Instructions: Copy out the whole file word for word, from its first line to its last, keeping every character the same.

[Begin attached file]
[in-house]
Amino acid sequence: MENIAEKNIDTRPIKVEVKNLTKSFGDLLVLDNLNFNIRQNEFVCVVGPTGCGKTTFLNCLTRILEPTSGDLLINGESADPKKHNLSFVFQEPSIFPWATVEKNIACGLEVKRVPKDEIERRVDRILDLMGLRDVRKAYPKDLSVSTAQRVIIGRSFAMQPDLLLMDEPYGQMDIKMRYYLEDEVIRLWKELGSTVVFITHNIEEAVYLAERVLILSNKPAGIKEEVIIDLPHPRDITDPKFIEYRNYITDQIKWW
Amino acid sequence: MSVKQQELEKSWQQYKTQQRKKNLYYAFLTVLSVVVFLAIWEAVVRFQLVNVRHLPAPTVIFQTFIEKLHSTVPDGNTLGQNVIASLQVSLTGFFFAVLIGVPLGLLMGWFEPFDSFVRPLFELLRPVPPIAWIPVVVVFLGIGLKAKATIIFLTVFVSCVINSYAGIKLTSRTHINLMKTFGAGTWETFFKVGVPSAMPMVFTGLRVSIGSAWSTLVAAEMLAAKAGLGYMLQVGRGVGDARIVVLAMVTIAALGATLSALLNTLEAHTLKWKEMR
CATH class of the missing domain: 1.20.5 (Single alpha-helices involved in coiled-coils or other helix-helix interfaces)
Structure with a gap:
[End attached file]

[in-house]
Amino acid sequence: MENIAEKNIDTRPIKVEVKNLTKSFGDLLVLDNLNFNIRQNEFVCVVGPTGCGKTTFLNCLTRILEPTSGDLLINGESADPKKHNLSFVFQEPSIFPWATVEKNIACGLEVKRVPKDEIERRVDRILDLMGLRDVRKAYPKDLSVSTAQRVIIGRSFAMQPDLLLMDEPYGQMDIKMRYYLEDEVIRLWKELGSTVVFITHNIEEAVYLAERVLILSNKPAGIKEEVIIDLPHPRDITDPKFIEYRNYITDQIKWW
Amino acid sequence: MSVKQQELEKSWQQYKTQQRKKNLYYAFLTVLSVVVFLAIWEAVVRFQLVNVRHLPAPTVIFQTFIEKLHSTVPDGNTLGQNVIASLQVSLTGFFFAVLIGVPLGLLMGWFEPFDSFVRPLFELLRPVPPIAWIPVVVVFLGIGLKAKATIIFLTVFVSCVINSYAGIKLTSRTHINLMKTFGAGTWETFFKVGVPSAMPMVFTGLRVSIGSAWSTLVAAEMLAAKAGLGYMLQVGRGVGDARIVVLAMVTIAALGATLSALLNTLEAHTLKWKEMR
CATH class of the missing domain: 1.20.5 (Single alpha-helices involved in coiled-coils or other helix-helix interfaces)
Structure with a gap: